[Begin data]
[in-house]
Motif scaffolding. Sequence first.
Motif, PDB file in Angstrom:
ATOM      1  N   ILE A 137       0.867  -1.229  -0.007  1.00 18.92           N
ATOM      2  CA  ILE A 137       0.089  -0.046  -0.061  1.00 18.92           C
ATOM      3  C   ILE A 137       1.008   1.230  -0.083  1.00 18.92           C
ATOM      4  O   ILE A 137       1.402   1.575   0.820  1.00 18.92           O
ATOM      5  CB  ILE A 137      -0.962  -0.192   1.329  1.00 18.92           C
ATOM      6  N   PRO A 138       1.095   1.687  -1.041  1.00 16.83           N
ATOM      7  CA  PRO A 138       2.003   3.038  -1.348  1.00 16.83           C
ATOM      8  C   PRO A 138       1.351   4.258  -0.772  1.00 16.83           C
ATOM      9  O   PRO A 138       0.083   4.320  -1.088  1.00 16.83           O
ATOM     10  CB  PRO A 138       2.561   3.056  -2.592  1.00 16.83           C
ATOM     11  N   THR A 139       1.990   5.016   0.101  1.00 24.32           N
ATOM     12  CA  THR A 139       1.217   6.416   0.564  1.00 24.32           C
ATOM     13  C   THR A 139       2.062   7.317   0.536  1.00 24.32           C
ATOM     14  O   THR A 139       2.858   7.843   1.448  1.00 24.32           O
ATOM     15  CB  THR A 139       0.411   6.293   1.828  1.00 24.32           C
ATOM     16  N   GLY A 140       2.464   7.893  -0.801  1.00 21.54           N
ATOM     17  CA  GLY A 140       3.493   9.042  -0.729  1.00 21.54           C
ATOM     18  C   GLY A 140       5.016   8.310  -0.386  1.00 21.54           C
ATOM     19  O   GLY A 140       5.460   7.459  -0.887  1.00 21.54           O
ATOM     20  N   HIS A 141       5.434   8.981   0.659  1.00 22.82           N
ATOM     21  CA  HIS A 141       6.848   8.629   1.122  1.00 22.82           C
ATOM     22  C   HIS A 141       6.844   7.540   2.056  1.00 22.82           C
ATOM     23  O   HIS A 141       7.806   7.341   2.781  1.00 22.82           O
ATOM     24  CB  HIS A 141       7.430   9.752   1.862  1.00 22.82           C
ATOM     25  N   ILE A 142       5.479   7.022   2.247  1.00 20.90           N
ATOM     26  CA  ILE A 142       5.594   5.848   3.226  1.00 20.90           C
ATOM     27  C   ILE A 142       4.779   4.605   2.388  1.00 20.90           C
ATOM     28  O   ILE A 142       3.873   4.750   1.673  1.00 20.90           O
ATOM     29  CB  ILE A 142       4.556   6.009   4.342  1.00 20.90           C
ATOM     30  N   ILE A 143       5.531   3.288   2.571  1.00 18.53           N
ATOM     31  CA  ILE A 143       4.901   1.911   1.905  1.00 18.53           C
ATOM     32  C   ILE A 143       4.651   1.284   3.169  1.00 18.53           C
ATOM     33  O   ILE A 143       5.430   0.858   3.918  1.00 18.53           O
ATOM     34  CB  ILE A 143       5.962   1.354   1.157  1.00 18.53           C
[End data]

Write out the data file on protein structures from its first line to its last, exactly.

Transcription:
[in-house]
Motif scaffolding. Sequence first.
Motif, PDB file in Angstrom:
ATOM      1  N   ILE A 137       0.867  -1.229  -0.007  1.00 18.92           N
ATOM      2  CA  ILE A 137       0.089  -0.046  -0.061  1.00 18.92           C
ATOM      3  C   ILE A 137       1.008   1.230  -0.083  1.00 18.92           C
ATOM      4  O   ILE A 137       1.402   1.575   0.820  1.00 18.92           O
ATOM      5  CB  ILE A 137      -0.962  -0.192   1.329  1.00 18.92           C
ATOM      6  N   PRO A 138       1.095   1.687  -1.041  1.00 16.83           N
ATOM      7  CA  PRO A 138       2.003   3.038  -1.348  1.00 16.83           C
ATOM      8  C   PRO A 138       1.351   4.258  -0.772  1.00 16.83           C
ATOM      9  O   PRO A 138       0.083   4.320  -1.088  1.00 16.83           O
ATOM     10  CB  PRO A 138       2.561   3.056  -2.592  1.00 16.83           C
ATOM     11  N   THR A 139       1.990   5.016   0.101  1.00 24.32           N
ATOM     12  CA  THR A 139       1.217   6.416   0.564  1.00 24.32           C
ATOM     13  C   THR A 139       2.062   7.317   0.536  1.00 24.32           C
ATOM     14  O   THR A 139       2.858   7.843   1.448  1.00 24.32           O
ATOM     15  CB  THR A 139       0.411   6.293   1.828  1.00 24.32           C
ATOM     16  N   GLY A 140       2.464   7.893  -0.801  1.00 21.54           N
ATOM     17  CA  GLY A 140       3.493   9.042  -0.729  1.00 21.54           C
ATOM     18  C   GLY A 140       5.016   8.310  -0.386  1.00 21.54           C
ATOM     19  O   GLY A 140       5.460   7.459  -0.887  1.00 21.54           O
ATOM     20  N   HIS A 141       5.434   8.981   0.659  1.00 22.82           N
ATOM     21  CA  HIS A 141       6.848   8.629   1.122  1.00 22.82           C
ATOM     22  C   HIS A 141       6.844   7.540   2.056  1.00 22.82           C
ATOM     23  O   HIS A 141       7.806   7.341   2.781  1.00 22.82           O
ATOM     24  CB  HIS A 141       7.430   9.752   1.862  1.00 22.82           C
ATOM     25  N   ILE A 142       5.479   7.022   2.247  1.00 20.90           N
ATOM     26  CA  ILE A 142       5.594   5.848   3.226  1.00 20.90           C
ATOM     27  C   ILE A 142       4.779   4.605   2.388  1.00 20.90           C
ATOM     28  O   ILE A 142       3.873   4.750   1.673  1.00 20.90           O
ATOM     29  CB  ILE A 142       4.556   6.009   4.342  1.00 20.90           C
ATOM     30  N   ILE A 143       5.531   3.288   2.571  1.00 18.53           N
ATOM     31  CA  ILE A 143       4.901   1.911   1.905  1.00 18.53           C
ATOM     32  C   ILE A 143       4.651   1.284   3.169  1.00 18.53           C
ATOM     33  O   ILE A 143       5.430   0.858   3.918  1.00 18.53           O
ATOM     34  CB  ILE A 143       5.962   1.354   1.157  1.00 18.53           C